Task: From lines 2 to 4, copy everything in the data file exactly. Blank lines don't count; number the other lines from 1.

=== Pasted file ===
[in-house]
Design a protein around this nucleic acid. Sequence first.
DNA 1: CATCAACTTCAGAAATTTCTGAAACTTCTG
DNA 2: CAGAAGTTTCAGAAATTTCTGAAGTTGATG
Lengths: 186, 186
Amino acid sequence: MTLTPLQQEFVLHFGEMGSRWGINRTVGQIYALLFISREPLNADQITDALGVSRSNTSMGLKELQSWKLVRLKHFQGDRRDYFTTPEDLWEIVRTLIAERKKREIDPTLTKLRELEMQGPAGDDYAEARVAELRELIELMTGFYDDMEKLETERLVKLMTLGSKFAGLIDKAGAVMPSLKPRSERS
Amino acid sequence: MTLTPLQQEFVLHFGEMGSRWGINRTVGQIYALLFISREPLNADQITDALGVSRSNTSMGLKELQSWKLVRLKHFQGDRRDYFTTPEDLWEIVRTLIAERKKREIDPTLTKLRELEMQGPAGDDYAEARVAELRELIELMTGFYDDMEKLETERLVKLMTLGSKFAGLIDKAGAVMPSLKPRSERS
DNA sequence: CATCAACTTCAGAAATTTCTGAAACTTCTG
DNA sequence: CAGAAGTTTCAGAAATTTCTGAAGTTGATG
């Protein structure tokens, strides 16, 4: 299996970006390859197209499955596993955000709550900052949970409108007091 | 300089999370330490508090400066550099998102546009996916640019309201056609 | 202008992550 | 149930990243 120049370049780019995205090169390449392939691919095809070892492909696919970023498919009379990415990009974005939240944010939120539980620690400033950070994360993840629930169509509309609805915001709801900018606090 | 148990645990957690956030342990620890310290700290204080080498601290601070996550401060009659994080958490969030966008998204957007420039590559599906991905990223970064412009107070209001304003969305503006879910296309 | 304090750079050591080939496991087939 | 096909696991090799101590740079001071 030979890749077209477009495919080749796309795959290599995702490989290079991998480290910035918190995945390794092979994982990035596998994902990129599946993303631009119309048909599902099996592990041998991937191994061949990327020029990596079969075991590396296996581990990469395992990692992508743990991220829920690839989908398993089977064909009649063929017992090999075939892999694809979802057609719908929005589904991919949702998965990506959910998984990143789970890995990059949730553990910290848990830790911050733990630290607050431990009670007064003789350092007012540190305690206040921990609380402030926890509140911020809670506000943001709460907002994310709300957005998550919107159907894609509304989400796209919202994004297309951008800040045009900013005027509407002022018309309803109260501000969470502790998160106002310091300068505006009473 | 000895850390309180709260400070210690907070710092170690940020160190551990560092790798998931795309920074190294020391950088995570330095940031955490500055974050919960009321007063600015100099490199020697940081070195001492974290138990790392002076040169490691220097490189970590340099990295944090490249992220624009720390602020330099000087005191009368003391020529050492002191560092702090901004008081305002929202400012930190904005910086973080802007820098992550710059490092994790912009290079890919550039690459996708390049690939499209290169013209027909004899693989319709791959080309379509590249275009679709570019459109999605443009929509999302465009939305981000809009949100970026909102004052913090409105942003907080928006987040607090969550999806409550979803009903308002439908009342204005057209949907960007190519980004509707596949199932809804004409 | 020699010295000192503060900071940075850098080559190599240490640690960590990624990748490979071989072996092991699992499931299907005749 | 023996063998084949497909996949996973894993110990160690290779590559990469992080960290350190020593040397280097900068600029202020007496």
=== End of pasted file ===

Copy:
Design a protein around this nucleic acid. Sequence first.
DNA 1: CATCAACTTCAGAAATTTCTGAAACTTCTG
DNA 2: CAGAAGTTTCAGAAATTTCTGAAGTTGATG